If you’ve been following the search engine news lately, you know that Google recently penalized MyBlogGuest. They view guest blogs as a key contributor to spammy practices. The tactic of guest blogging was put on notice in mid-January by Matt Cutts, head of Google’s Webspam team. Despite the warning, many in the community weren’t sure when and how Google would take action. It appears now we’ve been given our answer.
Background on Guest Blogs
To provide a little context to this situation, it’s important to understand how we got here. Guest blogging has been used for years, why the sudden attack? Matt Cutts answered that question in his blog best when he said “Ultimately, this is why we can’t have nice things in the SEO space: a trend starts out as authentic. Then more and more people pile on until only the barest trace of legitimate behavior remains. We’ve reached the point in the downward spiral where people are hawking ‘guest post outsourcing’ and writing articles about ‘how to automate guest blogging.'”
I’m not going to debate whether this is a good or bad move by Google, the Internet is full of opinions about that already. Regardless of how you feel about it, Cutts is right. There were and are legitimate reasons to guest blog, but it’s a link building strategy that’s been abused for years and Google had to do something. So what does this mean for you now?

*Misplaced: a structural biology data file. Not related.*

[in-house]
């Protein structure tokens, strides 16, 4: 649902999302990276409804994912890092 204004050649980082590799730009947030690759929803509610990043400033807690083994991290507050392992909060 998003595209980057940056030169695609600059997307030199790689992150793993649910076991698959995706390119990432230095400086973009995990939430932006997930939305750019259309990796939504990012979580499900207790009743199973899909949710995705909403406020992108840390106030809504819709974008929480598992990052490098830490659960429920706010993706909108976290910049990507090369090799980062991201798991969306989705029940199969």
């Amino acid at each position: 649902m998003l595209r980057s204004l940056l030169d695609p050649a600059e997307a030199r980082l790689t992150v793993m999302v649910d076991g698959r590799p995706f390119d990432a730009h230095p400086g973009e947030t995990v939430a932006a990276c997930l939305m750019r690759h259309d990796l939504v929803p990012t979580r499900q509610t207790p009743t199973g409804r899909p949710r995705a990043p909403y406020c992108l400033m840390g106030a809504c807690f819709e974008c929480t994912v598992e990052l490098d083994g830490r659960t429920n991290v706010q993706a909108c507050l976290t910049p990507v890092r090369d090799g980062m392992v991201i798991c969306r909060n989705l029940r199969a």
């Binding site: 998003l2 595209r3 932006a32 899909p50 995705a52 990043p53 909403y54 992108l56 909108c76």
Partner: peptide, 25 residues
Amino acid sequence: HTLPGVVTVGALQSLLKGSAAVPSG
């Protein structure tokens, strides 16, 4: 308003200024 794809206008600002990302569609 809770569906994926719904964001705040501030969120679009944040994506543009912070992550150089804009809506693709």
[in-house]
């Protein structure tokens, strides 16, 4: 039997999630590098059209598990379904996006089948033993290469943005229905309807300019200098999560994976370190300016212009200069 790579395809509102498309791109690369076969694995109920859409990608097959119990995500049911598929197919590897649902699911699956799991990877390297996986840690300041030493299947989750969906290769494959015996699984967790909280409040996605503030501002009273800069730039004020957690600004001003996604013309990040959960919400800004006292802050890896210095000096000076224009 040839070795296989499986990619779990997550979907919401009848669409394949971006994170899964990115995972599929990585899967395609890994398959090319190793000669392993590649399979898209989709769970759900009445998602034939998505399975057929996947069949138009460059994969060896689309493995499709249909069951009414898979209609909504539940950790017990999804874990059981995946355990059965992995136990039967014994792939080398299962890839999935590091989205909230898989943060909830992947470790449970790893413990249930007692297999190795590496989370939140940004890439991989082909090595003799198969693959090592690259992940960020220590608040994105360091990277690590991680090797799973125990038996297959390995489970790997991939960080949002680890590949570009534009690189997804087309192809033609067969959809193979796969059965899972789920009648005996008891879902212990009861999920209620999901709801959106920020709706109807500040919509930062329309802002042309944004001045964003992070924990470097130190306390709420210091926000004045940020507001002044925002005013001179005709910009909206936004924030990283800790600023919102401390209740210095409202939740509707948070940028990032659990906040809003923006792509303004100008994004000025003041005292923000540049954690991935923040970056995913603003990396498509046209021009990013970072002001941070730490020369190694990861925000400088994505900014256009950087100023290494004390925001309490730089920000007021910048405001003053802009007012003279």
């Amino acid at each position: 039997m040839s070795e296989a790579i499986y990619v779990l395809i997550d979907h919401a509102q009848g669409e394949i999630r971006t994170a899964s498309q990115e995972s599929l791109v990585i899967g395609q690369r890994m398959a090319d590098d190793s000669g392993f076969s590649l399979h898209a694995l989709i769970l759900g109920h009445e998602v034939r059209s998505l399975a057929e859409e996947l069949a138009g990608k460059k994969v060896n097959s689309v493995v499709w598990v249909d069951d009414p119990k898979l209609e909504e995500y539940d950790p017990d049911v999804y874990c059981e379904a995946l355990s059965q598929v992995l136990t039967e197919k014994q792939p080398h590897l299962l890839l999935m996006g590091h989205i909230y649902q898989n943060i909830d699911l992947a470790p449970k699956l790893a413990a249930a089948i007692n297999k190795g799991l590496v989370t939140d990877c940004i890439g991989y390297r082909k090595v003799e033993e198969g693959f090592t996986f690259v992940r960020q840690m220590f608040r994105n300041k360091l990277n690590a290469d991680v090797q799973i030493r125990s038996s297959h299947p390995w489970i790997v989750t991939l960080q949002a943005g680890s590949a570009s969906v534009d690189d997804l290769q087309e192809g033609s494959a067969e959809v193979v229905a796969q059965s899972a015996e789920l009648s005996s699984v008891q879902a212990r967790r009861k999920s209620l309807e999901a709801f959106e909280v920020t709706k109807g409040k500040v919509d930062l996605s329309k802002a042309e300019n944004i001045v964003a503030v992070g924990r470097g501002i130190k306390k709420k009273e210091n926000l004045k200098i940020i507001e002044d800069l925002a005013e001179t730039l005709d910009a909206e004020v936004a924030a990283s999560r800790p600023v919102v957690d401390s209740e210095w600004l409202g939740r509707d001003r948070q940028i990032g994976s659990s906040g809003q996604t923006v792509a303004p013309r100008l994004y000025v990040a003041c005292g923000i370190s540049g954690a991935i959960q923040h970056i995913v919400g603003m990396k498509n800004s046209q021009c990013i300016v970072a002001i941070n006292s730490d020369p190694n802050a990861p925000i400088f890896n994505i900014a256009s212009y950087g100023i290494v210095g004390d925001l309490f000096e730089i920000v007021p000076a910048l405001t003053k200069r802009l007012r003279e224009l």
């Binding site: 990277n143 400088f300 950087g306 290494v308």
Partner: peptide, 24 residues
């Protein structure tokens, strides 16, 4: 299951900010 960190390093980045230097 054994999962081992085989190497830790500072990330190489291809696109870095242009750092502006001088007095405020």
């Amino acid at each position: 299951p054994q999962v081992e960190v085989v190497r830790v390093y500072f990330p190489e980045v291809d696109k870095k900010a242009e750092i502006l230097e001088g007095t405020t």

What Happens to Guest Blogging?
It means guest blogging for SEO purposes is dead. It’s done and buried and not coming back. That, however, does not mean that guest blogging isn’t still a good tactic – a tactic for exposure. It’s important to understand the difference so we’ll give give you some simple rules to follow.
First, stop using guest blog networks. Some of them may follow all of Google’s guidelines to the letter and be perfectly safe from Google taking action. However, it may not be easy to discern which is which and you do not want to be penalized inadvertently. You can still guest blog, but find blogs that match your audience and reach out to the owner directly, don’t use a middleman. You also need to make sure any blogs you write for are using best practices, which brings me to rule number two…
Second, make sure you’re using “nofollow” tags on any outbound links. Google’s John Mueller gave advice about this in mid-2013 and it will continue to be the pattern moving forward. It’s still a good idea to provide links so your readers can find the information and resources you are providing. But remember, you’re not guest blogging for the SEO, so it’s imperative you follow Google’s advice and “nofollow” any outbound links.
Third, focus on your content and the rest will follow. It’s obvious Google is trying to do away with SEO, but only as a strategy. If you’re providing good content and you’re providing it often, Google wants you to be found. They just want it to happen more organically because you’re providing content that people are searching for.
If you adhere to these simple rules, you should be able to avoid any collateral damage.
Guest blogging is dead for SEO, but that doesn’t mean it isn’t still a tactic for increasing your exposure. If you goal is providing content that is helpful to others, you’re on the right track. Make sure you adhere to Google’s guidelines and follow the three simple rules above and you’ll be in good shape. Happy blogging!